Painful inconsistency in fibromyalgia diagnoses

Uncertainty continues around fibromyalgia diagnoses with evidence of a lack of agreement between clinical diagnoses and those made on the basis of fibromyalgia criteria.

A US-based study of almost 500 rheumatology patients found about 21% had a clinical diagnosis of fibromyalgia and about 24% of patients satisfied the 2011 American College of Rheumatology criteria for fibromyalgia.

However the researchers said agreement between the two groups was ‘only fair’.

“Physicians failed to identify 60 criteria-positive patients (49.6%) and incorrectly identified 43 criteria-negative patients (11.4%),” they wrote in Arthritis Care & Research.

“Among the 104 patients clinically diagnosed with fibromyalgia, only 61 (58.7%) actually satisfied criteria, and among the 393 not diagnosed with fibromyalgia by clinicians, 60 (15.3%) satisfied the 2011 criteria.”

“Because the number of individuals without fibromyalgia in the community is much greater than the number of those with fibromyalgia, a misclassification rate of 15.3% is clinically and epidemiologically meaningful.”

Gender of the patients and different emphasis given to different symptom scores were identified as some of the possible reasons for misclassification of patients.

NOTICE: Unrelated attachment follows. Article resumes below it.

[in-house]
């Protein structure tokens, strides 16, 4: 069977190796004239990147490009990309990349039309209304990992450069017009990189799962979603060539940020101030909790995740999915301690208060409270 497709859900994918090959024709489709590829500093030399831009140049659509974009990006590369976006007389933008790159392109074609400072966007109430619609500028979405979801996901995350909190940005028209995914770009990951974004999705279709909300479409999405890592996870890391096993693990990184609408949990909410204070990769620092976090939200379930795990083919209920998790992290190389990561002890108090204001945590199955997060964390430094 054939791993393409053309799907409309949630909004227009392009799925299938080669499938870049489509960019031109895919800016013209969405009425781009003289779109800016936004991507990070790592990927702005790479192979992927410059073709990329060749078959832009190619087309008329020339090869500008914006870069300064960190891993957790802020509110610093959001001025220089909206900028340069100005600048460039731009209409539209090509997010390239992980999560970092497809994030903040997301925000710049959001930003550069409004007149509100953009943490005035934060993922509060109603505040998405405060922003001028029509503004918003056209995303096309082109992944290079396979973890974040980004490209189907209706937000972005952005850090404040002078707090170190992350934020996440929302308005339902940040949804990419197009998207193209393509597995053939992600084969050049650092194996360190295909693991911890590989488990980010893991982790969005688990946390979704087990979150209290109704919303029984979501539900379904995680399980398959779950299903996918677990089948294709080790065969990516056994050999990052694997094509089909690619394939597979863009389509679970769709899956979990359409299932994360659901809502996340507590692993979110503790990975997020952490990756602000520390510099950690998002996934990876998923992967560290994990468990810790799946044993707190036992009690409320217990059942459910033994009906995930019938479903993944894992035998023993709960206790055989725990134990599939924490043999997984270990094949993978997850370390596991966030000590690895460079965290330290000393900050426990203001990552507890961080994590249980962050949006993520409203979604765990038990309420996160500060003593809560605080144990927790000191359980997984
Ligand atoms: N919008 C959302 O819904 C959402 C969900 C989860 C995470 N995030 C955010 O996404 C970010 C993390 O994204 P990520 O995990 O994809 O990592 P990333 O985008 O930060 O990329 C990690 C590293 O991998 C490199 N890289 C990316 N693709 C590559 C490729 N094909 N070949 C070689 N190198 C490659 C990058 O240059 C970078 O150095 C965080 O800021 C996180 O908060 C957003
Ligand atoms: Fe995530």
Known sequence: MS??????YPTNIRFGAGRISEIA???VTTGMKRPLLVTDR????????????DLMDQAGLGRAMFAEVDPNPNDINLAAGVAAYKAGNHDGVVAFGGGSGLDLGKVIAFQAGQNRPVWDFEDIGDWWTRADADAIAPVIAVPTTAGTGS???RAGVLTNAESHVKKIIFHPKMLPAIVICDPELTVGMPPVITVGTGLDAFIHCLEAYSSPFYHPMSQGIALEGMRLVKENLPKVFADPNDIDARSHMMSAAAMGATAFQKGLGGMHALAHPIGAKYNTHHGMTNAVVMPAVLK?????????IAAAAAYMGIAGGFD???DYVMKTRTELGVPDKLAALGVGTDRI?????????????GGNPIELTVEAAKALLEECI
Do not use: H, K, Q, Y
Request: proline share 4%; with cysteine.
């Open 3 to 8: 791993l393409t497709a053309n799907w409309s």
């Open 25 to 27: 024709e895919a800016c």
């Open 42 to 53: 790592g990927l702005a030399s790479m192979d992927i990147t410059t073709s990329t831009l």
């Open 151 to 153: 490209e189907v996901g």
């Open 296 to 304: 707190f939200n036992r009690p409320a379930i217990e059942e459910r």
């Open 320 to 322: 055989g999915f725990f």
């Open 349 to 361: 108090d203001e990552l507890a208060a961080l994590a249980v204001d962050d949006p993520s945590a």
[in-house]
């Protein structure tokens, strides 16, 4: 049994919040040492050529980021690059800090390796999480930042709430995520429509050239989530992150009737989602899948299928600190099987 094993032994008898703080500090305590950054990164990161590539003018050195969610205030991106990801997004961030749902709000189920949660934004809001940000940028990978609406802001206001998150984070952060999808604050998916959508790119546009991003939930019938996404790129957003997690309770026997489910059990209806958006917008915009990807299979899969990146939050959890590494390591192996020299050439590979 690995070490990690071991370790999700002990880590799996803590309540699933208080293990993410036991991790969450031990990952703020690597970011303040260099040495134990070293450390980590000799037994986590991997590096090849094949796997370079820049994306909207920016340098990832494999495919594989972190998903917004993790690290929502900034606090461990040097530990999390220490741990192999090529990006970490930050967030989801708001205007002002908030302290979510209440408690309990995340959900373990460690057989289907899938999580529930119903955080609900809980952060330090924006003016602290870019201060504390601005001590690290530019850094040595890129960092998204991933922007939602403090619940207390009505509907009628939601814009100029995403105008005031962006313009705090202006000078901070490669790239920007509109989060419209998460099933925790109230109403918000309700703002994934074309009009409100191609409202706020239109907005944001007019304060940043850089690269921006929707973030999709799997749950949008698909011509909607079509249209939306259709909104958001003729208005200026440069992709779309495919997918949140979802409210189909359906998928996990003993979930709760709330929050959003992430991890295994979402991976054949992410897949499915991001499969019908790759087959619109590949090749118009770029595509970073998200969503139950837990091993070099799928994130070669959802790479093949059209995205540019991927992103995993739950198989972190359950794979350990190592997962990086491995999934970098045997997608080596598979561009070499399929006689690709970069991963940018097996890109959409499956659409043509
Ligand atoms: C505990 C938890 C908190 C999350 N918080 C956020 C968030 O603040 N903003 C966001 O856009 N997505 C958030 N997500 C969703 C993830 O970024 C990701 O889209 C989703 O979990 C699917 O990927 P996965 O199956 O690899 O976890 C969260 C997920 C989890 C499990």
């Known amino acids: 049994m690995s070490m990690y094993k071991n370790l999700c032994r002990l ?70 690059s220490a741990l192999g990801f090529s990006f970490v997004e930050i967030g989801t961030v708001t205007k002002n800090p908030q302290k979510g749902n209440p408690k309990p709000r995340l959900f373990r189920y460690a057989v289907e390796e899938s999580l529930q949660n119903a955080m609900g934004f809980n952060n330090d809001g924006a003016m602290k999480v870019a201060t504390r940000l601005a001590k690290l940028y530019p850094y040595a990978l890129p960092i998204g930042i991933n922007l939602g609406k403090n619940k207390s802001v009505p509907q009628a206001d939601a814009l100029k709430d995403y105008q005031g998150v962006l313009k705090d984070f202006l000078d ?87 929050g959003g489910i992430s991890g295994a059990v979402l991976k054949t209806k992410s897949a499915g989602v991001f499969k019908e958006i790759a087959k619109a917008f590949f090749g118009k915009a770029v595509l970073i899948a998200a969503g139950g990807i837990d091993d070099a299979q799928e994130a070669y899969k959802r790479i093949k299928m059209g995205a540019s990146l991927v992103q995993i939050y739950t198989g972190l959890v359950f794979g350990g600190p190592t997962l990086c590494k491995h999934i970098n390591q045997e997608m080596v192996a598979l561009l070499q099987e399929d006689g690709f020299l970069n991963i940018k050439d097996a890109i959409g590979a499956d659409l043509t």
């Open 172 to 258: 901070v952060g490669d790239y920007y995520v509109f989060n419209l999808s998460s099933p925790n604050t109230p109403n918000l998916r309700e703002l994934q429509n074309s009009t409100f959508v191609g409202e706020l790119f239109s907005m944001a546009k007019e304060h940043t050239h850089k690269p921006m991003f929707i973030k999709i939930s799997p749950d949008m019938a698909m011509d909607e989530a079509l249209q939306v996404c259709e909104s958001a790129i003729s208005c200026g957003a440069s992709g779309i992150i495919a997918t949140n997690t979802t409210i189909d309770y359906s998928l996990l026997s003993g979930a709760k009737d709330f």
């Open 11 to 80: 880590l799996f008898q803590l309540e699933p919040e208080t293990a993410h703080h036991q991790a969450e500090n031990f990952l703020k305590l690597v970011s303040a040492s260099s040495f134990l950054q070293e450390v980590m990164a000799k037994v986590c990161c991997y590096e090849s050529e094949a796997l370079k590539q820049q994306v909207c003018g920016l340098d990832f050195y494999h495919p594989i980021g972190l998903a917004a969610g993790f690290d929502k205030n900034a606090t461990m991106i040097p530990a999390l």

For example, women comprised about 98% of patients diagnosed clinically and only 83% of criteria-positive women.

And patients with the highest symptom severity scores but lowest widespread pain index (WPI) and polysymptomatic distress (PSD) were more likely to have a clinical diagnosis of fibromyalgia.

“Thus, clinicians gave greater weight in making a diagnosis to being a women and having increased symptoms and were willing to diagnose patients with lower WPI and PSD scores.”

“In addition, a number of significant contextual factors were not formally assessed in this study but may have been important to clinicians and influenced diagnosis, including a history or family history of fibromyalgia, and co-morbid conditions such as irritable bowel syndrome and restless leg syndrome.”

“Other important reasons for discordance include not accepting the fibromyalgia concept, not considering fibromyalgia, or not needing a fibromyalgia diagnosis for patient care.”

The study warned that clinical misdiagnosis posed the risk of inappropriate treatment of patients.

However an accompanying editorial said classification criteria could never replace clinical acumen.

“Only the health care provider can perform the physical examination and interpret psychosocial factors and co-morbid illness that clarify a diagnosis,” it said.

“Rheumatologists are best able to strategize subsets of fibromyalgia patients and assist in individualized management, particularly in the most challenging scenarios.”

“We are the go-to experts for patients and our colleagues for the diagnosis of fibromyalgia, whether or not we readily accept that role.”

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